original and recovered bandlimited signals 3

2

1

0

−1

−2

−3 original recovered −4

0

200

400

600

800

1000

1200

1400

1600

1800

2000

Figure 12: The original bandlimited signal y and the estimate yˆ recovered from zero crossings.

from zero_crossings_data import * # Construct matrix A whose columns are bandlimited sinusoids C = np.zeros((n, B)) S = np.zeros((n, B)) for j in range(B): C[:, j] = np.cos(2 * np.pi * (f_min + j) * np.arange(1, n + 1) / n) S[:, j] = np.sin(2 * np.pi * (f_min + j) * np.arange(1, n + 1) / n) A = np.hstack((C, S)) # Minimize norm subject to L1 normalization and sign constraints x = cvx.Variable(2 * B) obj = cvx.norm(A * x) constraints = [cvx.mul_elemwise(s, A * x) >= 0, s.T * (A * x) == n] problem = cvx.Problem(cvx.Minimize(obj), constraints) problem.solve() y_hat = np.dot(A, x.value.A1) print(’Recovery error: {}’ .format(np.linalg.norm(y - y_hat) / np.linalg.norm(y))) plt.figure() 373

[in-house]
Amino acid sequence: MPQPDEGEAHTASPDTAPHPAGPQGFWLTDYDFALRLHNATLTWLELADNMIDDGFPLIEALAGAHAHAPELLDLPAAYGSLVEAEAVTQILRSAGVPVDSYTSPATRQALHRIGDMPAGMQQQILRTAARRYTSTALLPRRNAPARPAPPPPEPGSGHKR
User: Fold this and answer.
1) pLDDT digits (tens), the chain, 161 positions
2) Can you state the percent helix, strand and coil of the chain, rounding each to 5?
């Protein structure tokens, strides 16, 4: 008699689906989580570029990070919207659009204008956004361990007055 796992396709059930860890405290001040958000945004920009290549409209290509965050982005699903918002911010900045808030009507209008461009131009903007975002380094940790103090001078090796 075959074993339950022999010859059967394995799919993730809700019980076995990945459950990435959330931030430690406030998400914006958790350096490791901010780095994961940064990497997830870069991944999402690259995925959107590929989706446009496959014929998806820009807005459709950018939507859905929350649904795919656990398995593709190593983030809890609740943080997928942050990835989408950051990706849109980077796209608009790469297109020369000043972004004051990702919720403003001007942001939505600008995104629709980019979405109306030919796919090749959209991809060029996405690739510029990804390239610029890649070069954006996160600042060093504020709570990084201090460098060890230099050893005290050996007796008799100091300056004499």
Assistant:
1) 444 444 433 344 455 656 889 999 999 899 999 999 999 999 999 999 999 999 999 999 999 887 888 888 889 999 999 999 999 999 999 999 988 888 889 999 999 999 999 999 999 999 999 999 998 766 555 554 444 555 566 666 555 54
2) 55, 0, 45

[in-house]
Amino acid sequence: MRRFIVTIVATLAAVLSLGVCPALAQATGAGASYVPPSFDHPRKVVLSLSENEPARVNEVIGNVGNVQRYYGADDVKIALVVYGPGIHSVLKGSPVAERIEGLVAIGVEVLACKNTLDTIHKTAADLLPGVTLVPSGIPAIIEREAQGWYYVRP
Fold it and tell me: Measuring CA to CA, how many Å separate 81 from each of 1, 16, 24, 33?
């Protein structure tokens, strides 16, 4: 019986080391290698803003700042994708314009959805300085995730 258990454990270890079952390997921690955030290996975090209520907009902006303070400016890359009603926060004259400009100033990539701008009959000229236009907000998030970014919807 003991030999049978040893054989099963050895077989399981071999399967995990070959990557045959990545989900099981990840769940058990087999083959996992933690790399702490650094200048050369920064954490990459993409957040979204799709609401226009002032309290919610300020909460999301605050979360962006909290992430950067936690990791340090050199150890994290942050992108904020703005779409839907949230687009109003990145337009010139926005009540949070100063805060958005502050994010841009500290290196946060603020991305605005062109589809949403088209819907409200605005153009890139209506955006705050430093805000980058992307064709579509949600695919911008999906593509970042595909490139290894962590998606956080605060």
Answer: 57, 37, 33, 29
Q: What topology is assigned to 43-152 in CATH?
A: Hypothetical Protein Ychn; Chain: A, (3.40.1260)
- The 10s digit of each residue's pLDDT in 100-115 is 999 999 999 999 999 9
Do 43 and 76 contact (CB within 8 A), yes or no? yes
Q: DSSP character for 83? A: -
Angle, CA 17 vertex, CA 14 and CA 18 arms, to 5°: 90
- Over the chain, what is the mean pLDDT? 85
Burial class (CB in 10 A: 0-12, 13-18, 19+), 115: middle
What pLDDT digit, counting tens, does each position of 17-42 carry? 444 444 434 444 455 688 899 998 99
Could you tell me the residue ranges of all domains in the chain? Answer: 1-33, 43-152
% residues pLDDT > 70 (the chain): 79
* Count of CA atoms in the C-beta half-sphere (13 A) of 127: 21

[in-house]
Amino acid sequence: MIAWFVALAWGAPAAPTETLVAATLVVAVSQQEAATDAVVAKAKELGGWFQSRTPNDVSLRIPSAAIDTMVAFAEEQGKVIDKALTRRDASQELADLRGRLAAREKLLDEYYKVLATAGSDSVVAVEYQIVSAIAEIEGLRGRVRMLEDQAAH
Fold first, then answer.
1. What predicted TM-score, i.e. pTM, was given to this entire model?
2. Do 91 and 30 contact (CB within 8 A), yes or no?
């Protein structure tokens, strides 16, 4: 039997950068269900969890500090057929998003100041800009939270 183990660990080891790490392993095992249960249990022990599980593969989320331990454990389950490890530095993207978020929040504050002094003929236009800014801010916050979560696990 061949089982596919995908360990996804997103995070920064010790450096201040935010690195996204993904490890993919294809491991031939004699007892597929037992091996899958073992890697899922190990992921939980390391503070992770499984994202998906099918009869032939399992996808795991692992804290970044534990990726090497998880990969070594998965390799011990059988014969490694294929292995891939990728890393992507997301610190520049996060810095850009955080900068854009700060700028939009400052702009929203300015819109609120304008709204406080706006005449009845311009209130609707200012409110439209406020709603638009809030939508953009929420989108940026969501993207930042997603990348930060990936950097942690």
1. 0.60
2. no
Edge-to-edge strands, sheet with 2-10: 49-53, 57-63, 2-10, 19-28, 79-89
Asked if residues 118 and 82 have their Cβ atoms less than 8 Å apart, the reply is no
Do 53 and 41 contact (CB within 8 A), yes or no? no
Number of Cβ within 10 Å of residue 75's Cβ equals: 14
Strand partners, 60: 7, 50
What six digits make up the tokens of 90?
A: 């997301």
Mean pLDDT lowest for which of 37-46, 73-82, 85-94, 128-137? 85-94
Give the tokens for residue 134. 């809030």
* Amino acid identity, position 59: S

plt.plot(np.arange(0, n), y, label=’original’); plt.plot(np.arange(0, n), y_hat, label=’recovered’); plt.xlim([0, n]) plt.legend(loc=’lower left’) plt.show() The following Julia code solves the problem: using Convex, SCS, Gadfly set_default_solver(SCSSolver(verbose=false)) include("zero_crossings_data.jl") # Construct matrix A whose columns are bandlimited sinusoids C = zeros(n, B); S = zeros(n, B); for j in 1:B C[:, j] = cos(2 * pi * (f_min + j - 1) * (1:n) / n); S[:, j] = sin(2 * pi * (f_min + j - 1) * (1:n) / n); end A = [C S]; # Minimize norm subject to L1 normalization and sign constraints x = Variable(2 * B) obj = norm(A * x, 2) constraints = [s .* (A * x) >= 0, s’ * (A * x) == n] problem = minimize(obj, constraints) solve!(problem) y_hat = A * x.value println("Recovery error: $(norm(y - y_hat) / norm(y))") pl = plot( layer(x=1:n, y=y, Geom.line, Theme(default_color = colorant"blue")), layer(x=1:n, y=y_hat, Geom.line, Theme(default_color = colorant"green")), ); display(pl);